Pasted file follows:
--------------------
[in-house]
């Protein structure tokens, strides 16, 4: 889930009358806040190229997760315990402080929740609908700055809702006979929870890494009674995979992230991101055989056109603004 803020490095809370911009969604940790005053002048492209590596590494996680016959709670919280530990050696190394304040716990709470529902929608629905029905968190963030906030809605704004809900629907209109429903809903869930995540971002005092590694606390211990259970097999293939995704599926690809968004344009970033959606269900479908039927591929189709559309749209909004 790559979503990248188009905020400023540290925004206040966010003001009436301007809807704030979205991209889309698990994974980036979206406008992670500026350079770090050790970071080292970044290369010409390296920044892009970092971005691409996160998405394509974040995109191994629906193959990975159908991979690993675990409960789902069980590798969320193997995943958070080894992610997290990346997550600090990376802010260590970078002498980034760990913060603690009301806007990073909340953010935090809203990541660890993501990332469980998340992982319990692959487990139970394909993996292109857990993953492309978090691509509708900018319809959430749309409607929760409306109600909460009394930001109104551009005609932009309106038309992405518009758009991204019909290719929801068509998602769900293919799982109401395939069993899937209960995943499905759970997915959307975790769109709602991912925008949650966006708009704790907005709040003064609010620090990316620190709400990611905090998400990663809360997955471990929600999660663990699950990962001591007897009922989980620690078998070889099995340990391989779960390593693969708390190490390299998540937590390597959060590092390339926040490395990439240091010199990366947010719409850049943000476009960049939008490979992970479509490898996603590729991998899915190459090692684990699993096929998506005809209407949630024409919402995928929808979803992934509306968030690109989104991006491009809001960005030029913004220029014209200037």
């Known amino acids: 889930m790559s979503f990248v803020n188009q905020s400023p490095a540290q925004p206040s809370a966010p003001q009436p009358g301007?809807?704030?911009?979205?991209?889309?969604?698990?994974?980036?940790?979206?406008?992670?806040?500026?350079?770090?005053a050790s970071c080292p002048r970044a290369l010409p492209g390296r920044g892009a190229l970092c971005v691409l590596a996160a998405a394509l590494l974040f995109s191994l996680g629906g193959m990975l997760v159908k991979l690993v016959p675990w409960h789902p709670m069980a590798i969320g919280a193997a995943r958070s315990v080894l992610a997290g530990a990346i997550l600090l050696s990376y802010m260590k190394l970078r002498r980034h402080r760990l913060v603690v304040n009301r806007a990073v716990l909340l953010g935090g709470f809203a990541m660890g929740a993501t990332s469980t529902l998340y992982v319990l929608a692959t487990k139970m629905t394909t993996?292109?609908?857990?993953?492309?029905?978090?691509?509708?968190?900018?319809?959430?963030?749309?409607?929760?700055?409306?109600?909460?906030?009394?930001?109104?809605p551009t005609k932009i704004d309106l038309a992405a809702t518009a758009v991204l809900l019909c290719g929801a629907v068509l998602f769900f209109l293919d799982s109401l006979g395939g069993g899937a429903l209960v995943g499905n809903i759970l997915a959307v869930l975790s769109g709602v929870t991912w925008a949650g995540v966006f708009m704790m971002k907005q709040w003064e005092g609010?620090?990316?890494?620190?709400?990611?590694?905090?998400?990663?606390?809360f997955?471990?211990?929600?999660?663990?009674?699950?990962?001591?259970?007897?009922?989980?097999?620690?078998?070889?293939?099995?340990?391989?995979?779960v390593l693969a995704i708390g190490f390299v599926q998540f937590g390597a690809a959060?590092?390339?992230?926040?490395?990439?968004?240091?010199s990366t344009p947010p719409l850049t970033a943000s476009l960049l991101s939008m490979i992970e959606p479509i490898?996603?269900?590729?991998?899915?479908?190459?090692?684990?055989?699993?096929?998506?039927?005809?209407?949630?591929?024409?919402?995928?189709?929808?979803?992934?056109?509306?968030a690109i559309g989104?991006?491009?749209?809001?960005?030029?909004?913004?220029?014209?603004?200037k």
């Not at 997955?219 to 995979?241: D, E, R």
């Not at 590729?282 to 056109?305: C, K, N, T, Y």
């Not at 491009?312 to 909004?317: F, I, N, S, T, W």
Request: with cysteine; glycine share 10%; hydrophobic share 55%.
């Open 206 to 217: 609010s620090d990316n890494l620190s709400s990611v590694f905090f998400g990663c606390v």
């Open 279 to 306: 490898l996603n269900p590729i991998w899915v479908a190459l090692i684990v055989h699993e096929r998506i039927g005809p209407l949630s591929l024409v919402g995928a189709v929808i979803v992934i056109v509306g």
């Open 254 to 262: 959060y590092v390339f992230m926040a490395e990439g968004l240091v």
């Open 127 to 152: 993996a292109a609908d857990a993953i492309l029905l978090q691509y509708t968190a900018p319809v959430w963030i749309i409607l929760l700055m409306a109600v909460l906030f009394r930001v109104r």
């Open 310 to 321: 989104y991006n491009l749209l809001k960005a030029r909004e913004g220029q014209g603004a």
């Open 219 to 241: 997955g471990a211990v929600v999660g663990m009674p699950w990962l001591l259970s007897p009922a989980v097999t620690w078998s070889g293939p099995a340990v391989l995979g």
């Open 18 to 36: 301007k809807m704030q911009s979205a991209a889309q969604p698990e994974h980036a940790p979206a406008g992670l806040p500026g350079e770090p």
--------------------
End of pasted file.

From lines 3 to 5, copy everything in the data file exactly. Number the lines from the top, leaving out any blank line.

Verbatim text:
């Known amino acids: 889930m790559s979503f990248v803020n188009q905020s400023p490095a540290q925004p206040s809370a966010p003001q009436p009358g301007?809807?704030?911009?979205?991209?889309?969604?698990?994974?980036?940790?979206?406008?992670?806040?500026?350079?770090?005053a050790s970071c080292p002048r970044a290369l010409p492209g390296r920044g892009a190229l970092c971005v691409l590596a996160a998405a394509l590494l974040f995109s191994l996680g629906g193959m990975l997760v159908k991979l690993v016959p675990w409960h789902p709670m069980a590798i969320g919280a193997a995943r958070s315990v080894l992610a997290g530990a990346i997550l600090l050696s990376y802010m260590k190394l970078r002498r980034h402080r760990l913060v603690v304040n009301r806007a990073v716990l909340l953010g935090g709470f809203a990541m660890g929740a993501t990332s469980t529902l998340y992982v319990l929608a692959t487990k139970m629905t394909t993996?292109?609908?857990?993953?492309?029905?978090?691509?509708?968190?900018?319809?959430?963030?749309?409607?929760?700055?409306?109600?909460?906030?009394?930001?109104?809605p551009t005609k932009i704004d309106l038309a992405a809702t518009a758009v991204l809900l019909c290719g929801a629907v068509l998602f769900f209109l293919d799982s109401l006979g395939g069993g899937a429903l209960v995943g499905n809903i759970l997915a959307v869930l975790s769109g709602v929870t991912w925008a949650g995540v966006f708009m704790m971002k907005q709040w003064e005092g609010?620090?990316?890494?620190?709400?990611?590694?905090?998400?990663?606390?809360f997955?471990?211990?929600?999660?663990?009674?699950?990962?001591?259970?007897?009922?989980?097999?620690?078998?070889?293939?099995?340990?391989?995979?779960v390593l693969a995704i708390g190490f390299v599926q998540f937590g390597a690809a959060?590092?390339?992230?926040?490395?990439?968004?240091?010199s990366t344009p947010p719409l850049t970033a943000s476009l960049l991101s939008m490979i992970e959606p479509i490898?996603?269900?590729?991998?899915?479908?190459?090692?684990?055989?699993?096929?998506?039927?005809?209407?949630?591929?024409?919402?995928?189709?929808?979803?992934?056109?509306?968030a690109i559309g989104?991006?491009?749209?809001?960005?030029?909004?913004?220029?014209?603004?200037k």
């Not at 997955?219 to 995979?241: D, E, R």
């Not at 590729?282 to 056109?305: C, K, N, T, Y």